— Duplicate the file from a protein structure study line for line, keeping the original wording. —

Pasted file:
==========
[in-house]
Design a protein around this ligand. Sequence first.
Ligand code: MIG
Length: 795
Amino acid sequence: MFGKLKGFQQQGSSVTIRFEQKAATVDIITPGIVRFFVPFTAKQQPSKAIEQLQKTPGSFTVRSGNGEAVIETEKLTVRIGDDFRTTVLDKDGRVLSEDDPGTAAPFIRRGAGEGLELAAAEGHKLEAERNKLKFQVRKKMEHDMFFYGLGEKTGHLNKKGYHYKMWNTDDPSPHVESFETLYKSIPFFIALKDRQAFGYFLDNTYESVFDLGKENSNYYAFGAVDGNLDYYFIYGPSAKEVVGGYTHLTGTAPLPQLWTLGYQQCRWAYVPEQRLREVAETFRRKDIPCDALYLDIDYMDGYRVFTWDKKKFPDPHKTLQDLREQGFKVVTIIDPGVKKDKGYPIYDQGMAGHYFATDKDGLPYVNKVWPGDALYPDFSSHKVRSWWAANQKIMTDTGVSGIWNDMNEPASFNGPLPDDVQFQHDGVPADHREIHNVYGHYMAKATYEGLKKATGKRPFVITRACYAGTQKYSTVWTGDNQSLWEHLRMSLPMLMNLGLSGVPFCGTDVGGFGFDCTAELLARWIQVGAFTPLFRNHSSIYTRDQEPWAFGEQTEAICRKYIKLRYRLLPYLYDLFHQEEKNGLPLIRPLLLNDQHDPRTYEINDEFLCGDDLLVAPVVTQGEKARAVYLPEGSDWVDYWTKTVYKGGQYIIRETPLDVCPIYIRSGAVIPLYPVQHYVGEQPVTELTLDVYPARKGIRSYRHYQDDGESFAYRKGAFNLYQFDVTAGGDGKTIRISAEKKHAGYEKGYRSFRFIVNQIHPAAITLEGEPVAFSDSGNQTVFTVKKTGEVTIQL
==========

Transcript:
[in-house]
Design a protein around this ligand. Sequence first.
Ligand code: MIG
Length: 795
Amino acid sequence: MFGKLKGFQQQGSSVTIRFEQKAATVDIITPGIVRFFVPFTAKQQPSKAIEQLQKTPGSFTVRSGNGEAVIETEKLTVRIGDDFRTTVLDKDGRVLSEDDPGTAAPFIRRGAGEGLELAAAEGHKLEAERNKLKFQVRKKMEHDMFFYGLGEKTGHLNKKGYHYKMWNTDDPSPHVESFETLYKSIPFFIALKDRQAFGYFLDNTYESVFDLGKENSNYYAFGAVDGNLDYYFIYGPSAKEVVGGYTHLTGTAPLPQLWTLGYQQCRWAYVPEQRLREVAETFRRKDIPCDALYLDIDYMDGYRVFTWDKKKFPDPHKTLQDLREQGFKVVTIIDPGVKKDKGYPIYDQGMAGHYFATDKDGLPYVNKVWPGDALYPDFSSHKVRSWWAANQKIMTDTGVSGIWNDMNEPASFNGPLPDDVQFQHDGVPADHREIHNVYGHYMAKATYEGLKKATGKRPFVITRACYAGTQKYSTVWTGDNQSLWEHLRMSLPMLMNLGLSGVPFCGTDVGGFGFDCTAELLARWIQVGAFTPLFRNHSSIYTRDQEPWAFGEQTEAICRKYIKLRYRLLPYLYDLFHQEEKNGLPLIRPLLLNDQHDPRTYEINDEFLCGDDLLVAPVVTQGEKARAVYLPEGSDWVDYWTKTVYKGGQYIIRETPLDVCPIYIRSGAVIPLYPVQHYVGEQPVTELTLDVYPARKGIRSYRHYQDDGESFAYRKGAFNLYQFDVTAGGDGKTIRISAEKKHAGYEKGYRSFRFIVNQIHPAAITLEGEPVAFSDSGNQTVFTVKKTGEVTIQL